AWS DevOps Blog
Choosing a Well-Architected CI/CD approach: Open Source on AWS
When building a CI/CD platform, it is important to make an informed decision regarding every underlying tool. This post explores evaluating the criteria for selecting each tool focusing on a balance between meeting functional and non-functional requirements, and maximizing value.
Your first decision: source code management.
Source code is potentially your most valuable asset, and so we start by choosing a source code management tool. These tools normally have high non-functional requirements in order to protect your assets and to ensure they are available to the organization when needed. The requirements usually include demand for high durability, high availability (HA), consistently high throughput, and strong security with role-based access controls.
At the same time, source code management tools normally have many specific functional requirements as well. For example, the ability to provide collaborative code review in the UI, flexible and tunable merge policies including both automated and manual gates (code checks), and out-of-box UI-level integrations with numerous other tools. These kinds of integrations can include enabling monitoring, CI, chats, and agile project management.
Many teams also treat source code management tools as their portal into other CI/CD tools. They make them shareable between teams, and might prefer to stay within one single context and user interface throughout the entire DevOps cycle. Many source code management tools are actually a stack of services that support multiple steps of your CI/CD workflows from within a single UI. This makes them an excellent starting point for building your CI/CD platforms.
The first decision your need to make is whether to go with an open source solution for managing code or with AWS-managed solutions, such as AWS CodeCommit. Open source solutions include (but are not limited to) the following: Gerrit, Gitlab, Gogs, and Phabricator.
You decision will be influenced by the amount of benefit your team can gain from the flexibility provided through open source, and how well your team can support deploying and managing these solutions. You will also need to consider the infrastructure and management overhead cost.
Engineering teams that have the capacity to develop their own plugins for their CI/CD platforms, or whom even contribute directly to open source projects, will often prefer open source solutions for the flexibility they provide. This will be especially true if they are fluent in designing and supporting their own cloud infrastructure. If the team gets more value by trading the flexibility of open source for not having to worry about managing infrastructure (especially if High Availability, Scalability, Durability, and Security are more critical) an AWS-managed solution would be a better choice.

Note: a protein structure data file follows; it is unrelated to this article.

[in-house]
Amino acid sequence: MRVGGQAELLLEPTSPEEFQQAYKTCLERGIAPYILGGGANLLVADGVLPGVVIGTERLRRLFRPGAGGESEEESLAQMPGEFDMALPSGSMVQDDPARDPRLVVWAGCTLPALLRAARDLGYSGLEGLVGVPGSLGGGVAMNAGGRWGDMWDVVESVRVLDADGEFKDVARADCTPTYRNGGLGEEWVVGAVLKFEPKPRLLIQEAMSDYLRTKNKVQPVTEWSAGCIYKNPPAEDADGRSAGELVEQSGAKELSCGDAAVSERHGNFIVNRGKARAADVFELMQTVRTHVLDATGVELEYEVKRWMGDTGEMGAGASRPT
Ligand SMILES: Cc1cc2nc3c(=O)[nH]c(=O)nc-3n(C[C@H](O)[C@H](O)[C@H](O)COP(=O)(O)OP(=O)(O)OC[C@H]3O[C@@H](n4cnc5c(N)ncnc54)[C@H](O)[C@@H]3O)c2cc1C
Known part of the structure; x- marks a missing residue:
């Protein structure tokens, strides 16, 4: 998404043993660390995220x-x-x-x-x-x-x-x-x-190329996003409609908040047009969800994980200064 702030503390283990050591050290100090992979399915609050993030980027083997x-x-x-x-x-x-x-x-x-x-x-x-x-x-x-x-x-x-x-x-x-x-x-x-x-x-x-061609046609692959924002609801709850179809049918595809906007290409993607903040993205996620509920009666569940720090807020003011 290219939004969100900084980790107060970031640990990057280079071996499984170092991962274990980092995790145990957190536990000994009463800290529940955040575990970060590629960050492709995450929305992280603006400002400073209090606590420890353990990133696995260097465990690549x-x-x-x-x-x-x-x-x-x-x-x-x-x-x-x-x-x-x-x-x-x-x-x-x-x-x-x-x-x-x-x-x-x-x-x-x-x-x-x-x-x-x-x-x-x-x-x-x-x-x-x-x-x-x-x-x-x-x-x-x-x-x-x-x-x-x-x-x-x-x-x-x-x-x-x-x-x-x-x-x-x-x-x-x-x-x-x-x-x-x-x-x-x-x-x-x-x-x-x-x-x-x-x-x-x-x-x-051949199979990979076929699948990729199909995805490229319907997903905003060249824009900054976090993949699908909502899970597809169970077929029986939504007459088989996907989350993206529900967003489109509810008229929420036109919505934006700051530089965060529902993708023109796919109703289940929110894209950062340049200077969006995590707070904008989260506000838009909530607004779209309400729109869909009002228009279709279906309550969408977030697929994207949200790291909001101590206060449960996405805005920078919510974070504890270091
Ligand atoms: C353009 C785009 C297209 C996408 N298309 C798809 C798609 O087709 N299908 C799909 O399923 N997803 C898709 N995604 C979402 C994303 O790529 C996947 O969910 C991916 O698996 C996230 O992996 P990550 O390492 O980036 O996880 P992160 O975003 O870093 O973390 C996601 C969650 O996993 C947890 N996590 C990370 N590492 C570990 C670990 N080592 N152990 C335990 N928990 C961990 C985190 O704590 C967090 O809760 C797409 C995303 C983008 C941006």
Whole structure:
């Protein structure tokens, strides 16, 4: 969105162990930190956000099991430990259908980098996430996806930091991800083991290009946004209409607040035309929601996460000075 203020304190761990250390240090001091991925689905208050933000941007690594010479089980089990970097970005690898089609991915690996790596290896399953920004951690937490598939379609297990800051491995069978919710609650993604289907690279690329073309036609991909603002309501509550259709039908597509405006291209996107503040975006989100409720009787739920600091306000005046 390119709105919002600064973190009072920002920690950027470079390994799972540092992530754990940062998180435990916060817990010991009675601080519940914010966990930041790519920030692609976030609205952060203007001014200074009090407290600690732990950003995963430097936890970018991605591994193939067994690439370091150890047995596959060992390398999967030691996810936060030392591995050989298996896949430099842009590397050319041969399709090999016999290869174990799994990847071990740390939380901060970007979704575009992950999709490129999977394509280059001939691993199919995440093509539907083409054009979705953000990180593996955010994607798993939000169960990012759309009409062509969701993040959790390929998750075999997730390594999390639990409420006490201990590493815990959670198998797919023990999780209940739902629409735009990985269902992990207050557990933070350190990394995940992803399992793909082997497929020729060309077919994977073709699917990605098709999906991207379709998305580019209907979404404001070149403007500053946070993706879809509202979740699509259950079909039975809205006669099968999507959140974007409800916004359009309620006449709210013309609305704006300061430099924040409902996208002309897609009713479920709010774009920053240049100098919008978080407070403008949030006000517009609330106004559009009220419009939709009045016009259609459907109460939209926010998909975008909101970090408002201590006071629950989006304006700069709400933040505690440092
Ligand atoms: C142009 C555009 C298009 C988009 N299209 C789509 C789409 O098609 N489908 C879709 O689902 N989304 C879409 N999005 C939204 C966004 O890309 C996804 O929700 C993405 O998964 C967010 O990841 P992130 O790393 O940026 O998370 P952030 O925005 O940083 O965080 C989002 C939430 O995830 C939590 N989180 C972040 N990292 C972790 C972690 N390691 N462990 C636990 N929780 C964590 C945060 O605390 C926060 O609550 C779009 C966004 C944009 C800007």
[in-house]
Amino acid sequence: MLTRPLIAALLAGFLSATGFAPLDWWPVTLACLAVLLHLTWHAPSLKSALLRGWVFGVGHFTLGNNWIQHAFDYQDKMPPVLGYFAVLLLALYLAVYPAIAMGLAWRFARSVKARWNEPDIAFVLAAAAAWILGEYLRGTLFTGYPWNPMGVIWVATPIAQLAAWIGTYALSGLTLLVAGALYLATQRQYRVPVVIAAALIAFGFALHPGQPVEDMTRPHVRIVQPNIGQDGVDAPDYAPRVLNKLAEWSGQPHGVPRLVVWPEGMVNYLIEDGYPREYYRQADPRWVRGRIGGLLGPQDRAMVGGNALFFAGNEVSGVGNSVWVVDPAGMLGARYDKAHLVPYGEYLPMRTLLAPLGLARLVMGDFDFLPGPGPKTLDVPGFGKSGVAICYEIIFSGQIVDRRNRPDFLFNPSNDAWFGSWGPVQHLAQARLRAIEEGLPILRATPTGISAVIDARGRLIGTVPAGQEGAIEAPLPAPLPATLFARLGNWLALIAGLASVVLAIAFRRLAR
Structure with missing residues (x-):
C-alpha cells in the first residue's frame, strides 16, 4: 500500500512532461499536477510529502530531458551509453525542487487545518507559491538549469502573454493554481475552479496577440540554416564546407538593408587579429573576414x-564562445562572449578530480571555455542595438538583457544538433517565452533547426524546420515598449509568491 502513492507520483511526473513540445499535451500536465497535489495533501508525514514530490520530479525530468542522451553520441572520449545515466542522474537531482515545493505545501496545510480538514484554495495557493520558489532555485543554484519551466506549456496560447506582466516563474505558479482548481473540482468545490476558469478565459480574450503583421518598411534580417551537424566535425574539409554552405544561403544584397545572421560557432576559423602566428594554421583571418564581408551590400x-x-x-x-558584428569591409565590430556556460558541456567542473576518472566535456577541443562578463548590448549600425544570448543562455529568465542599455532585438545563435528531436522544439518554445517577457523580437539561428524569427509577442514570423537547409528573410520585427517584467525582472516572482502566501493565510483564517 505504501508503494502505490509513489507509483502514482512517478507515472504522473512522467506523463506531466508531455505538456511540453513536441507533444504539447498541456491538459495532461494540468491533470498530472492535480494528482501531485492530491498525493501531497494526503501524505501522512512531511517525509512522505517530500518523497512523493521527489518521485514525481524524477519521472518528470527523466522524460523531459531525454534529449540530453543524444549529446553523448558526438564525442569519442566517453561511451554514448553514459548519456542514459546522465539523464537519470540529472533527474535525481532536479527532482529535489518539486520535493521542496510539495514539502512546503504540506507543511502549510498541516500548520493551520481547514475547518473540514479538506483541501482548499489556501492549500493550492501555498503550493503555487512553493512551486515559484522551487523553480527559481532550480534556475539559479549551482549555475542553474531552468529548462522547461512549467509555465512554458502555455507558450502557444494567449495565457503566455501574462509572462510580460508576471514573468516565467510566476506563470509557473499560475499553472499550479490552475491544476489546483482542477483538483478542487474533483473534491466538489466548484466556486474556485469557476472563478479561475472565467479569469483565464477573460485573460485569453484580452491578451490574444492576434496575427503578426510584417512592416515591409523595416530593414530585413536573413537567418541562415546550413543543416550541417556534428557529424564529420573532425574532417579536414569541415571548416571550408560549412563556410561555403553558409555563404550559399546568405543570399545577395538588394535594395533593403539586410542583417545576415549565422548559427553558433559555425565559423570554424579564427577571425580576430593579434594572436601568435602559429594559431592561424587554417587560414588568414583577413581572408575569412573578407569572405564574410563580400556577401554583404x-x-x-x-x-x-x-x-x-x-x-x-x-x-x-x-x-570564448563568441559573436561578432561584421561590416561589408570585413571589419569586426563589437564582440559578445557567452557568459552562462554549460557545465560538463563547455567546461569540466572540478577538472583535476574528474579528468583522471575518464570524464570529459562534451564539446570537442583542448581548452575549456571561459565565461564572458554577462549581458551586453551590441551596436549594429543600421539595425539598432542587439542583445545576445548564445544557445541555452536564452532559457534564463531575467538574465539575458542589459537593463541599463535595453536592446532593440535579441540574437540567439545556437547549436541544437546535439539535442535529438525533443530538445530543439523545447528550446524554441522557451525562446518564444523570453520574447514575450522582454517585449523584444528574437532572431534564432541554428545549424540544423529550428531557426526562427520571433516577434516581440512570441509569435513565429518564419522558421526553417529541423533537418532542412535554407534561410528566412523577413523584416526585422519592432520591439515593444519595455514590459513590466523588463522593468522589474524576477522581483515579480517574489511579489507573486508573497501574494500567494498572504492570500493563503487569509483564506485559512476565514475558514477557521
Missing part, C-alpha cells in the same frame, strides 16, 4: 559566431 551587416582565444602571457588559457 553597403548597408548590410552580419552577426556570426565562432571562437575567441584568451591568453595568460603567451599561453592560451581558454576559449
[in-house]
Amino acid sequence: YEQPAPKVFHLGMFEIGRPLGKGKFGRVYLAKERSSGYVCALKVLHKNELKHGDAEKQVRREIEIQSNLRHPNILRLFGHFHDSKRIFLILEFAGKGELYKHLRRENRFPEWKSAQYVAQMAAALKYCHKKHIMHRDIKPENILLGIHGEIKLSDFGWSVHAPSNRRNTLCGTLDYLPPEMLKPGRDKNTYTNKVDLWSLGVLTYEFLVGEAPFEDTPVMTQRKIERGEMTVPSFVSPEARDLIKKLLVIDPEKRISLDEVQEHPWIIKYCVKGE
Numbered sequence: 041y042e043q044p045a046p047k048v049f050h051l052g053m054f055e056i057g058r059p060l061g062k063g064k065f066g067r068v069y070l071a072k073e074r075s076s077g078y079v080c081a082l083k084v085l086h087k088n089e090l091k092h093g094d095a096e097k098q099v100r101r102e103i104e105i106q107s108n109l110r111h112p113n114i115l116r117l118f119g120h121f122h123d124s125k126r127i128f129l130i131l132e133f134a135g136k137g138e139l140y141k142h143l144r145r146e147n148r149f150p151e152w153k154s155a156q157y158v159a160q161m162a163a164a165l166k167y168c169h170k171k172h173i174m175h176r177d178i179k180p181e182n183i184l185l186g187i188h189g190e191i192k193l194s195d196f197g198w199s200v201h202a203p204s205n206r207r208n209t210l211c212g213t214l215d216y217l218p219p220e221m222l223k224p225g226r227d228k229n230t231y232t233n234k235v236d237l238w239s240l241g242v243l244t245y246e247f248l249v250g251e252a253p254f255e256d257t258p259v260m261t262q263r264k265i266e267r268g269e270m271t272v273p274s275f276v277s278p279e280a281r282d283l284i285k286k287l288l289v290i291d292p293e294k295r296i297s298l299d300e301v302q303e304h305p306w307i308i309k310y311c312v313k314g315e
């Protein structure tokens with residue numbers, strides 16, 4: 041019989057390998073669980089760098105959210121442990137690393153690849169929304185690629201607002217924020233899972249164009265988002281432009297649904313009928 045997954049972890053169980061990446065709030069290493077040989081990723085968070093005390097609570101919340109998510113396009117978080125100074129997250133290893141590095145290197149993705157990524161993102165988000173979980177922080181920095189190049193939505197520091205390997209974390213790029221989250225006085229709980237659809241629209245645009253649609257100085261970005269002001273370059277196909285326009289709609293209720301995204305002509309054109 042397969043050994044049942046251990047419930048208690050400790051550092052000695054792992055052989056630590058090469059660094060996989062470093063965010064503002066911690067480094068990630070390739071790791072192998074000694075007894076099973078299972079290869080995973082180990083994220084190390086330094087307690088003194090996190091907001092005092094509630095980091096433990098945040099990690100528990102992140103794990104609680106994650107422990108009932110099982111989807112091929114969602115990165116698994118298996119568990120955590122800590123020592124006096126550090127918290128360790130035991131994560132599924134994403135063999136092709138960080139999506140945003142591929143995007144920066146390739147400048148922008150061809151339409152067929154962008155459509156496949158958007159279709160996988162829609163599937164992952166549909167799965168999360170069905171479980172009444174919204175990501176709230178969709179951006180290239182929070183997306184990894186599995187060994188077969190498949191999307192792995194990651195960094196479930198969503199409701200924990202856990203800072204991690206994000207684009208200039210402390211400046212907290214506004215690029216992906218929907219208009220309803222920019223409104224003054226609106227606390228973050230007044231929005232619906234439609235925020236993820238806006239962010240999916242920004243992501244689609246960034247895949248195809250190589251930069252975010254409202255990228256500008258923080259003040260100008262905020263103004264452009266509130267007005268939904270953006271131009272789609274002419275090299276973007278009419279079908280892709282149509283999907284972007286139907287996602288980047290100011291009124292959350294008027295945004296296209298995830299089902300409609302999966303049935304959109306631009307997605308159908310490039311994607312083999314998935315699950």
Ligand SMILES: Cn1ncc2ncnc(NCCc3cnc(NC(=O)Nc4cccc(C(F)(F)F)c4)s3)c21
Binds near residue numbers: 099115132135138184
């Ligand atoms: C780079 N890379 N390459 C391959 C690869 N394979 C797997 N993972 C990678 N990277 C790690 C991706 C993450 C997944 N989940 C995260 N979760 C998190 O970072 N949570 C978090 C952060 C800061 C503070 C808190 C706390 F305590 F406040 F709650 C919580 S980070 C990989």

Source Code Management Solution
When the choice is made in favor of an open-source code management solution (such as Gitlab), the next decision will be how to architect the deployment. Will the team deploy to a single instance, or design for high availability, durability, and scalability? Teams that want to design Gitlab for HA can use the following guide to proceed: Installing GitLab on Amazon Web Services (AWS)
By adopting AWS services (such as Amazon RDS, Amazon ElastiCache for Redis, and Autoscaling Groups), you can lower the management burden of supporting the underlying infrastructure in this self-managed HA scenario.
Your second decision: Continuous Integration engine
Selecting your CI engine, you might be able to benefit from additional features of previously selected solutions. Gitlab provides both source control services, as well as built-in CI tools, called Gitlab CI. Gitlab Runners are responsible for running CI jobs, and the actual jobs are described as YML files stored in Gitlab’s git repository along with product code. For security and performance reasons, GitLab Runners should be on resources separate from your GitLab instance.
You could manage those resources or you could use one of the AWS services that can support deploying and managing Runners. The use of an on-demand service removes the expense of implementing and managing a capability that is undifferentiated heavy lifting for you. This provides cost optimization and enables operational excellence. You pay for what you use and the service team manages the underlying service.
Continuous Integration engine Solution
In an architecture example (below), Gitlab Runners are deployed in containers running on Amazon EKS. The team has less infrastructure to manage, can start focusing on development faster by not having to implement the capability, and can provision resources in an optimal way for their on-demand needs.
To further optimize costs, you can use EC2 Spot Instances for your EKS nodes. CI jobs are normally compute intensive and limited in run time. The runner jobs can easily be restarted on a different resource with little impact. This makes them tolerant of failure and the use of EC2 Spot instances very appealing. Amazon EKS and Spot Instances are supported out-of-box in Gitlab. As a result there is no integration to develop, only configuration is required.